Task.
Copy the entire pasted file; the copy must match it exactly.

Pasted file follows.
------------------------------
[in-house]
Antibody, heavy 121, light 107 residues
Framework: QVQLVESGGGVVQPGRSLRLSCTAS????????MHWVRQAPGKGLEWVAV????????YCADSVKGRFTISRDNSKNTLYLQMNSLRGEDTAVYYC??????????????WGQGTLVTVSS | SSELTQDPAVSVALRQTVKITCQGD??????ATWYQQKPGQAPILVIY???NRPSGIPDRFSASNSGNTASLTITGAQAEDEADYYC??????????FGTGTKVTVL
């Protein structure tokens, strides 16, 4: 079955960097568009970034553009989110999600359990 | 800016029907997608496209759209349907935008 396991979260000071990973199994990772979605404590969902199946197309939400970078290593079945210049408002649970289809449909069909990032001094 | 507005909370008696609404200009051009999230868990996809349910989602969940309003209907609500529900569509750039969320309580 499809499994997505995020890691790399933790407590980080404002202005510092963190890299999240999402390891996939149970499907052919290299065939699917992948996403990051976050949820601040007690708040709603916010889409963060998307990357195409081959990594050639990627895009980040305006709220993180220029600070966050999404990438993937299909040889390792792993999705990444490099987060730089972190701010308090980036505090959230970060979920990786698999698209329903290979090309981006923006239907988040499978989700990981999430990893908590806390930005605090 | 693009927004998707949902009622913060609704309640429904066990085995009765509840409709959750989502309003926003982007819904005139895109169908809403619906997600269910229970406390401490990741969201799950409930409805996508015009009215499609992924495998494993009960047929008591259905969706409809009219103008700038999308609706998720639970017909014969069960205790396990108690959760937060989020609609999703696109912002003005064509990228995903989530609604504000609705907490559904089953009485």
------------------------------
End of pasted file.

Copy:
[in-house]
Antibody, heavy 121, light 107 residues
Framework: QVQLVESGGGVVQPGRSLRLSCTAS????????MHWVRQAPGKGLEWVAV????????YCADSVKGRFTISRDNSKNTLYLQMNSLRGEDTAVYYC??????????????WGQGTLVTVSS | SSELTQDPAVSVALRQTVKITCQGD??????ATWYQQKPGQAPILVIY???NRPSGIPDRFSASNSGNTASLTITGAQAEDEADYYC??????????FGTGTKVTVL
């Protein structure tokens, strides 16, 4: 079955960097568009970034553009989110999600359990 | 800016029907997608496209759209349907935008 396991979260000071990973199994990772979605404590969902199946197309939400970078290593079945210049408002649970289809449909069909990032001094 | 507005909370008696609404200009051009999230868990996809349910989602969940309003209907609500529900569509750039969320309580 499809499994997505995020890691790399933790407590980080404002202005510092963190890299999240999402390891996939149970499907052919290299065939699917992948996403990051976050949820601040007690708040709603916010889409963060998307990357195409081959990594050639990627895009980040305006709220993180220029600070966050999404990438993937299909040889390792792993999705990444490099987060730089972190701010308090980036505090959230970060979920990786698999698209329903290979090309981006923006239907988040499978989700990981999430990893908590806390930005605090 | 693009927004998707949902009622913060609704309640429904066990085995009765509840409709959750989502309003926003982007819904005139895109169908809403619906997600269910229970406390401490990741969201799950409930409805996508015009009215499609992924495998494993009960047929008591259905969706409809009219103008700038999308609706998720639970017909014969069960205790396990108690959760937060989020609609999703696109912002003005064509990228995903989530609604504000609705907490559904089953009485």